The US Commission on Civil Rights has launched a campaign against anti-Semitism on campuses that appears to dwarf in importance its other traditional activities like reporting on housing and voter discrimination.
According to Commission head Kenneth Marcus, “Usually, we’ll write a report, but in this case, we needed to get the word out,” because students aren’t sufficiently aware of their rights.
The result? An unprecedented campaign developed and or implemented with partners including the American Jewish Congress, the Zionist Organization of America, campus Hillels, the Anti-Defamation League, Israel on Campus Coalition, and others, involving the internet, print posters and postcards sent to college campuses across the country.
The front banner of the Commission’s website now features 7 major links. All are to administrative functions like “Filing a Complaint” or “Regional Offices.” Only one link is content related, “Ending Campus Anti-Semitism.” This link leads to a website created specifically to educate about campus anti-Semitism and to encourage reporting of incidents.
Back in April, 2006, Ron Kampeas of the JTA wrote:
The effort by an alliance of Jewish groups to hold government-funded Middle East studies departments accountable took two strides forward in recent weeks: one legislative and one moral.
Congress came a step closer to a mechanism that would monitor how Middle East Studies departments spend federal money, and the U.S. Commission on Civil Rights, an advisory body, found that anti-Israeli activism could engender a hostile atmosphere for Jews on campus.
A number of right-wing Israel advocacy groups have long targeted federal funding for Middle East Studies, charging that federal funds are being used to support what they call anti-American and anti-Israeli professors. Some of the more well-known groups are Daniel Pipes’ Campus Watch, which encourages students to submit reports about teachers, and Boston-based The David Project.
The David Project is best known for its documentary, “Columbia Unbecoming”, a film that painted Columbia University as a center of anti-Israeli scholarship and student intimidation, but which was debunked by Liev Leibovitz a writer for New York Jewish Week, the largest Jewish newspaper in America. Among other things, Leibovitz uncovered the fact that a number of students featured in the film “had not even studied under the professors who were being accused.”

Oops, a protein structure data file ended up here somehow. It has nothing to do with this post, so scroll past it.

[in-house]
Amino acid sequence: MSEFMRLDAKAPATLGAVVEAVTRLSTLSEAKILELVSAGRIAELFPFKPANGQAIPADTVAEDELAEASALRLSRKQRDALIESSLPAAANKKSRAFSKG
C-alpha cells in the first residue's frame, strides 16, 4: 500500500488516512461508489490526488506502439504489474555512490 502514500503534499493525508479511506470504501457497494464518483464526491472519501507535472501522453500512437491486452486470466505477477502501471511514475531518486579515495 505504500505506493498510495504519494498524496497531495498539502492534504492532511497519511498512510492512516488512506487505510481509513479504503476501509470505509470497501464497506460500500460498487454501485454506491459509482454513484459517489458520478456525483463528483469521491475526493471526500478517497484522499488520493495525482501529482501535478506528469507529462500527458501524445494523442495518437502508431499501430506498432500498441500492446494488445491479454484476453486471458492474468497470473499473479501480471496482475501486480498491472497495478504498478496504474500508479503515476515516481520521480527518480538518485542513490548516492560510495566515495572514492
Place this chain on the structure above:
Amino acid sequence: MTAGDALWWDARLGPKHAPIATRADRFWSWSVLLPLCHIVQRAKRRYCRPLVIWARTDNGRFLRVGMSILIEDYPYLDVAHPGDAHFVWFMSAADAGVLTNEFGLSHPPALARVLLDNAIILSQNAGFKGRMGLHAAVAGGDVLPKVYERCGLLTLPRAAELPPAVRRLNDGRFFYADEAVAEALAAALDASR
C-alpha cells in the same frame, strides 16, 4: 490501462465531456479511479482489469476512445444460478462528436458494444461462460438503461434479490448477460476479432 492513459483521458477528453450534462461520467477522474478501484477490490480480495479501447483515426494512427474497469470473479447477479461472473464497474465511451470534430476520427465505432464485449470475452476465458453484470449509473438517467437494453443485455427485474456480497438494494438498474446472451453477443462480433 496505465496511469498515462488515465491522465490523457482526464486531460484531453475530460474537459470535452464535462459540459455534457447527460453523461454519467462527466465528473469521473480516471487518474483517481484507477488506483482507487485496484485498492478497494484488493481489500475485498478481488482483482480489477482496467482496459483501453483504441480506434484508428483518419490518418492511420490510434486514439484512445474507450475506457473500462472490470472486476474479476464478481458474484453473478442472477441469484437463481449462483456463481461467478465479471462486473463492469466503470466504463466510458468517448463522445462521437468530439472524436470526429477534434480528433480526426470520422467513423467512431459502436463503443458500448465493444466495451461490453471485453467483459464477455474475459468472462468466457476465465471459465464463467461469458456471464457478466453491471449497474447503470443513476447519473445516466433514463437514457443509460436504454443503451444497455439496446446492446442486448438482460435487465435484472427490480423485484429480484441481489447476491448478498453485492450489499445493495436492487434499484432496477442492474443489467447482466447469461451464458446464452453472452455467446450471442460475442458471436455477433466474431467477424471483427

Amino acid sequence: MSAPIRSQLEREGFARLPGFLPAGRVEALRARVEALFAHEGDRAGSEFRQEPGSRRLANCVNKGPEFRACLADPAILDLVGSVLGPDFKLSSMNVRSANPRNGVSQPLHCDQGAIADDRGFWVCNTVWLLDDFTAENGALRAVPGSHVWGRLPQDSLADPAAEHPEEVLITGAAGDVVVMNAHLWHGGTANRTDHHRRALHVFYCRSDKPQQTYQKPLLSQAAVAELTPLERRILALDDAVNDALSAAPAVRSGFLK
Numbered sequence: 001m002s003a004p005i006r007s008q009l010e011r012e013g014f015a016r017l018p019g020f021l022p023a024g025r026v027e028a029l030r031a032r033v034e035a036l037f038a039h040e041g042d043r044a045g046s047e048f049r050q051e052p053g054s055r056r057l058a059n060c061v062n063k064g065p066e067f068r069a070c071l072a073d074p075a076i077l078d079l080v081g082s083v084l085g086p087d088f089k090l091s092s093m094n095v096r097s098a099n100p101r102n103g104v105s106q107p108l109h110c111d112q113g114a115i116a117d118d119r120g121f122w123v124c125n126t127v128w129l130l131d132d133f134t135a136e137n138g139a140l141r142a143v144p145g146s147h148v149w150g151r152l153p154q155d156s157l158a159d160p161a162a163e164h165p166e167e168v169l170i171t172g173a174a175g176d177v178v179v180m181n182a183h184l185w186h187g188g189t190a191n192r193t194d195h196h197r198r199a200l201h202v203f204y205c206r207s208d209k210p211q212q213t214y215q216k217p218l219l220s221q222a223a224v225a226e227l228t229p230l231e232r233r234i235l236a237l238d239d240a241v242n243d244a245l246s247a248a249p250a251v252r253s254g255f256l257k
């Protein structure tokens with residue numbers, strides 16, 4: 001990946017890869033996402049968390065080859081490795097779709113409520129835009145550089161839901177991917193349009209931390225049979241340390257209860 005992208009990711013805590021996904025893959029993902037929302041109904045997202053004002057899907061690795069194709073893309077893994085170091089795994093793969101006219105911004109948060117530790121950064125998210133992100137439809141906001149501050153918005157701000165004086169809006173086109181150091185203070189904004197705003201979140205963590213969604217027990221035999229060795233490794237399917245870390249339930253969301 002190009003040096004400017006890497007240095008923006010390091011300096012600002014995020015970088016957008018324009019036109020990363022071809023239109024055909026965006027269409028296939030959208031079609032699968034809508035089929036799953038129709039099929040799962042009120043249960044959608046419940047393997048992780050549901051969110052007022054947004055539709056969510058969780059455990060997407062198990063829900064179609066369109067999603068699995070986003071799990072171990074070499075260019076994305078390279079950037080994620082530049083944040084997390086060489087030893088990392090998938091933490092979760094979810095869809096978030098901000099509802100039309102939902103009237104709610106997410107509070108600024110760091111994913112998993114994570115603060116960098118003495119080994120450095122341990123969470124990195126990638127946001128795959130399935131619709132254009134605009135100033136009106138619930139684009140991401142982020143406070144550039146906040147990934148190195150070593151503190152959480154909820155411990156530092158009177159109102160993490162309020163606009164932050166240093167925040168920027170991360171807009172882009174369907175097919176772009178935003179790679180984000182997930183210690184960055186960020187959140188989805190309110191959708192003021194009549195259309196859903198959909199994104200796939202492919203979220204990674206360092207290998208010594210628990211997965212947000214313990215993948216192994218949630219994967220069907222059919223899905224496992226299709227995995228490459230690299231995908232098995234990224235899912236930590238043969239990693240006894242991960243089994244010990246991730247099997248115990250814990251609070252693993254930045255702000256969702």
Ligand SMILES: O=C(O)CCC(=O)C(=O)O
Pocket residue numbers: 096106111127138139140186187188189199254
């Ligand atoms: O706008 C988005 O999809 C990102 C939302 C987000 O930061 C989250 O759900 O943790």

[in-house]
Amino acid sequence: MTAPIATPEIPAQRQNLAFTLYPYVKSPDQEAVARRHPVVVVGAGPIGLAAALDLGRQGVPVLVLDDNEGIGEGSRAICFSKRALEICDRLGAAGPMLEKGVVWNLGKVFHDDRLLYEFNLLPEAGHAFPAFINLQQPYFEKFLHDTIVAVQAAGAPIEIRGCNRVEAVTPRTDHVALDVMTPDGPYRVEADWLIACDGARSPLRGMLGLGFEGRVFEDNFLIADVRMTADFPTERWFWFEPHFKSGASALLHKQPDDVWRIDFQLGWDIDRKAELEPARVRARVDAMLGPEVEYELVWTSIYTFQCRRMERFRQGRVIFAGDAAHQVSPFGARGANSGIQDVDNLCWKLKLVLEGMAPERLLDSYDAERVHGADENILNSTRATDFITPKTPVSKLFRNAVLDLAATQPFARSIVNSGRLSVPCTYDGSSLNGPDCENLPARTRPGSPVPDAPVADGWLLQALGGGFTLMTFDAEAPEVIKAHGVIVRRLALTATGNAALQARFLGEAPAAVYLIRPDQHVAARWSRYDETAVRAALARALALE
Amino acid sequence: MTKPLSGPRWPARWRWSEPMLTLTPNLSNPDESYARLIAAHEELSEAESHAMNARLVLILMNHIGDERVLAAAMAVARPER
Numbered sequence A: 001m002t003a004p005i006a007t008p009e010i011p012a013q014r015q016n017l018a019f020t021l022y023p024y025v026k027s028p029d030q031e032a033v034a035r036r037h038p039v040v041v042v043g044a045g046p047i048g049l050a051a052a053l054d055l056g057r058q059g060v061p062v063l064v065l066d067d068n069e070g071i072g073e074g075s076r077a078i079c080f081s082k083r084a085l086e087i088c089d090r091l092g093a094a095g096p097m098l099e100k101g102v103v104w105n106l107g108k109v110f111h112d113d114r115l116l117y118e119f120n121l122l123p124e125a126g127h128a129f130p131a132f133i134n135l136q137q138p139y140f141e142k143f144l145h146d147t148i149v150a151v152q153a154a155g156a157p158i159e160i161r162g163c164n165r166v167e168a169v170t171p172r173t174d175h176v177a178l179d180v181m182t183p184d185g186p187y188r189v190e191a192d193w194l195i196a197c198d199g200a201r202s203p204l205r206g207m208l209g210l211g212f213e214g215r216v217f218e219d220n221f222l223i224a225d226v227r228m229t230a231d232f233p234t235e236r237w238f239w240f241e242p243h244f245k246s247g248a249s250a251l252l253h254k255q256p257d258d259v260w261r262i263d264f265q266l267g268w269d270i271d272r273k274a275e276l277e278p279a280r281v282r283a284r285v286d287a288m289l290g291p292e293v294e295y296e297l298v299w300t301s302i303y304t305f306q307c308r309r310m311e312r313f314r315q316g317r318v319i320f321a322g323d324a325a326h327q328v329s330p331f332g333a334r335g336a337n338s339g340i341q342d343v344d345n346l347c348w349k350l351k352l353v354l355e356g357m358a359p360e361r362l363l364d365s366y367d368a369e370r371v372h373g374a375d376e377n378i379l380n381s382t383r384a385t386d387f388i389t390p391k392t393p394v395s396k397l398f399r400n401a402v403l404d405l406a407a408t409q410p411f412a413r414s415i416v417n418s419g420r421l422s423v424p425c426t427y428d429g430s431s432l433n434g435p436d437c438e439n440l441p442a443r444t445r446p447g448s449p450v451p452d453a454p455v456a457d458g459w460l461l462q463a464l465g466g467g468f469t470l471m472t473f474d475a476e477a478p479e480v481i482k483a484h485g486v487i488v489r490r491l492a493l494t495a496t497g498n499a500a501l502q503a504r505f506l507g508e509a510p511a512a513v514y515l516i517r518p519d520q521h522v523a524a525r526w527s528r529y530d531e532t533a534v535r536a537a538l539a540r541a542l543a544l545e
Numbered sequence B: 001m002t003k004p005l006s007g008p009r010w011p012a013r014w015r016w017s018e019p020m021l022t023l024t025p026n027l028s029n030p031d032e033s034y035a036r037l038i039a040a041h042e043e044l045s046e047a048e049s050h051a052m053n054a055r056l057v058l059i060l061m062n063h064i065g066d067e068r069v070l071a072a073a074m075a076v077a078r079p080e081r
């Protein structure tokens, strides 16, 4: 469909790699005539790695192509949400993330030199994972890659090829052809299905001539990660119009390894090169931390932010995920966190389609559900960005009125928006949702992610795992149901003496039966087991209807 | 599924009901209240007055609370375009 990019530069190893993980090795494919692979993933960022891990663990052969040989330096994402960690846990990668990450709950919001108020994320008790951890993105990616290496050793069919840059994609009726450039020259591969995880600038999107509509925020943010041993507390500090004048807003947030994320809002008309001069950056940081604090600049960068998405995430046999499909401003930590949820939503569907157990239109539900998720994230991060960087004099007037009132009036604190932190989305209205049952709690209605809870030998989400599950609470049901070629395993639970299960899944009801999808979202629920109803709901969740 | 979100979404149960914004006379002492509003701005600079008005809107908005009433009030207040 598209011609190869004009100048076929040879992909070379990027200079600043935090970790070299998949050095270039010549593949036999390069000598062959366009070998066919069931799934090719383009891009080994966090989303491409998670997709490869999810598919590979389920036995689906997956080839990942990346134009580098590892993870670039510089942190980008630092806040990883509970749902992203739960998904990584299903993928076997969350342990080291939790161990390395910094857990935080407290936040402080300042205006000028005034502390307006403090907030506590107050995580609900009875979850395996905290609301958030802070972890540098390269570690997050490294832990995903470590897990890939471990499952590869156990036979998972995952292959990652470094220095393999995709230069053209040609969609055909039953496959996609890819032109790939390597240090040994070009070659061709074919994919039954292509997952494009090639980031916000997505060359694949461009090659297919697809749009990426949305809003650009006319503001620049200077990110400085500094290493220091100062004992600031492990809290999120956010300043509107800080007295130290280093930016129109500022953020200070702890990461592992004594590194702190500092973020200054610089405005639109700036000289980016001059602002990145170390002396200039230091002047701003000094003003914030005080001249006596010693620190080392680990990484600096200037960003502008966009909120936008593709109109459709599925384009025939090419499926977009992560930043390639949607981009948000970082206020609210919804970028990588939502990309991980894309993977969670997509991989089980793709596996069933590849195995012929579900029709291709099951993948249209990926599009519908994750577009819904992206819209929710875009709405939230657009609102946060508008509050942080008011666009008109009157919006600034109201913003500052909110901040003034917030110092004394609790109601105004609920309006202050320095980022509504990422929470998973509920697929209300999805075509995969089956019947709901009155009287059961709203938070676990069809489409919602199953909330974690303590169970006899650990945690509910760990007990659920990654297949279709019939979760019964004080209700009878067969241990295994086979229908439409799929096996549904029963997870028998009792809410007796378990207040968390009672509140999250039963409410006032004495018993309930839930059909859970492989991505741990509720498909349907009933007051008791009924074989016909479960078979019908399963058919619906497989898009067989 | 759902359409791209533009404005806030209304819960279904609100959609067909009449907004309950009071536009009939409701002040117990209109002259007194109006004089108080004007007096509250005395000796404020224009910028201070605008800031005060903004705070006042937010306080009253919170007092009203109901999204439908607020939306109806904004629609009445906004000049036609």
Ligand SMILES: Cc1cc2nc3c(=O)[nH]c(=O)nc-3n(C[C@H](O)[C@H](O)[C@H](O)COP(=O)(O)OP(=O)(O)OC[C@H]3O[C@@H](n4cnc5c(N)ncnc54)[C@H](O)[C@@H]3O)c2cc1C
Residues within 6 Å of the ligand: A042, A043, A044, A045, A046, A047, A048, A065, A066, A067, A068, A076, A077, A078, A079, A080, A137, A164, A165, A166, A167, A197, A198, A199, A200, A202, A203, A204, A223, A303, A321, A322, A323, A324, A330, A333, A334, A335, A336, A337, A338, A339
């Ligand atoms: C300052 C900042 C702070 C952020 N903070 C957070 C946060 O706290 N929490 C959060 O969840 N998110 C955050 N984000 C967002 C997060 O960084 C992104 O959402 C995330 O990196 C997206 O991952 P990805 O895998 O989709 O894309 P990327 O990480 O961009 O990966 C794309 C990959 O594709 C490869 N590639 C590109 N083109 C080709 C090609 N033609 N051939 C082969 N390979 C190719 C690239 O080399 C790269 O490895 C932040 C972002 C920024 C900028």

JTA’s Ron Kampeas wrote:
“Another battlefront for Jewish groups seeking reforms on campus has been the Civil Rights Commission.”
The commission is stacked with members sympathetic to the views of the administration in power. It has no enforcement power, but its recommendations are taken seriously by the Education Department’s Office of Civil Rights.”
The Commission convened a special panel on anti-Semitism on campus that, according to the Forward, found that “anti-Zionism on college campuses is tantamount to antisemitism.” (The report can be downloaded here.)
The expert 3-person panel that advised the Commission included: Gary Tobin of the Institute for Jewish and Community Research; Sarah Stern of the American Jewish Congress and Susan Tuchman of the Zionist Organization of America, which, according to The Forward, is “the most visible right-wing Jewish group in America,” and a group with a major credibility problem.The panel determined that:
•Anti-Semitic bigotry is no less morally deplorable when camouflaged as anti-Israelism or anti-Zionism
Of course, this leaves quite a bit up to interpretation, Marcus acknowledged.
Since the campaign was unveiled in April, there has been no uptick in reports from campuses. But the Commission hopes it will give students the “leverage” they need. Any leverage to stop anti-Semitism, wherever it occurs, is a good thing. But one hopes that the issue of anti-Semitism on campuses is not being artificially elevated to a “code red” merely as a way to give right wing Israel advocacy groups leverage they need to put an end to criticism of US or Israeli policy on campus, or open debate in the classroooms. That would be terribly cynical.
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